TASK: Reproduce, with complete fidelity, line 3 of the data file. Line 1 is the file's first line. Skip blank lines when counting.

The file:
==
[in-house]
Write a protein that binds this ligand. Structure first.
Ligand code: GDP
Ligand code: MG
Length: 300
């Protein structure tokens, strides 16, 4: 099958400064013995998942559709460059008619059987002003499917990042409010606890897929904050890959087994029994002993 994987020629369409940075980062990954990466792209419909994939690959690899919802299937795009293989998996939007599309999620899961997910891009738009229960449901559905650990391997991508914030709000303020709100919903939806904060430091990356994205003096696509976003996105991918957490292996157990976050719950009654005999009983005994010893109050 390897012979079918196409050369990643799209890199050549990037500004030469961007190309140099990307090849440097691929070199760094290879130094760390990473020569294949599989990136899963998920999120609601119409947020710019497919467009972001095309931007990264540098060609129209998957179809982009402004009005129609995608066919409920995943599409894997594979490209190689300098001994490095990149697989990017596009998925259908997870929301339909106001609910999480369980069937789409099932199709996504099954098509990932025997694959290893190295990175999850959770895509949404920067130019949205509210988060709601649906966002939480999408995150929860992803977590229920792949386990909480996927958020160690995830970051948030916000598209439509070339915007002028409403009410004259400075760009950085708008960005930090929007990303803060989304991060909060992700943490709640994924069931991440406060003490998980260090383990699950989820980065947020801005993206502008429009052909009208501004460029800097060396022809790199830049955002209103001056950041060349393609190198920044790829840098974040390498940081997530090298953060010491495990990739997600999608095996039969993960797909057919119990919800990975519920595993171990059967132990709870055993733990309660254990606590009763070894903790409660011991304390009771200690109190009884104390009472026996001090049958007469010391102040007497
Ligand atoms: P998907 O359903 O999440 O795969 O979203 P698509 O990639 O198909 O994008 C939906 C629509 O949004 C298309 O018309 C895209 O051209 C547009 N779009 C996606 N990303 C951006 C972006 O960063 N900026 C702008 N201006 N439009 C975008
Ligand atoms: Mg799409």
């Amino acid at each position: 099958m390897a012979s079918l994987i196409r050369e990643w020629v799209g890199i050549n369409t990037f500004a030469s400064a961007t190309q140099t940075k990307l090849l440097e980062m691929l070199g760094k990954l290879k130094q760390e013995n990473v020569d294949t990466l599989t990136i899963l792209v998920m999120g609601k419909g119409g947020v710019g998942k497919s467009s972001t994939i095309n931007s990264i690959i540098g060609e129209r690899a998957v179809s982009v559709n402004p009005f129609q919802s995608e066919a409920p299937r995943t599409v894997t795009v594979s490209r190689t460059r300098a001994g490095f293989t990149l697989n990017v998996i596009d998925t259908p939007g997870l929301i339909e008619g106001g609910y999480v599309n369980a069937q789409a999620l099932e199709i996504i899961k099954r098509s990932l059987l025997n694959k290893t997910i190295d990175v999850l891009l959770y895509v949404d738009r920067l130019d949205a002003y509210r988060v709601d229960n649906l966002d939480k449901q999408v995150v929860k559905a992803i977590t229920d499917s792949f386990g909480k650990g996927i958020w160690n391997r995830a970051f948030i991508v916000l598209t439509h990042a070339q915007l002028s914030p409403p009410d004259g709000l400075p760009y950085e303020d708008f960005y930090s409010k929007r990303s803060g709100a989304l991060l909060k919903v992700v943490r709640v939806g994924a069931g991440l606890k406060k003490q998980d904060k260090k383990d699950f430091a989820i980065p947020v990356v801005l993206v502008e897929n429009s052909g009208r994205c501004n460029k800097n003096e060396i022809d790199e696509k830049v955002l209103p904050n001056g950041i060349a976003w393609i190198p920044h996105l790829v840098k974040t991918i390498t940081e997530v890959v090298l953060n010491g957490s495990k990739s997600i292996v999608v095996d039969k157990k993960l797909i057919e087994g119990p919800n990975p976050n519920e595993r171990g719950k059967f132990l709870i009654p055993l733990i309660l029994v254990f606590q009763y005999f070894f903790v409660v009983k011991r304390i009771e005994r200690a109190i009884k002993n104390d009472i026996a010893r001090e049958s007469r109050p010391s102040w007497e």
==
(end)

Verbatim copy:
Ligand code: GDP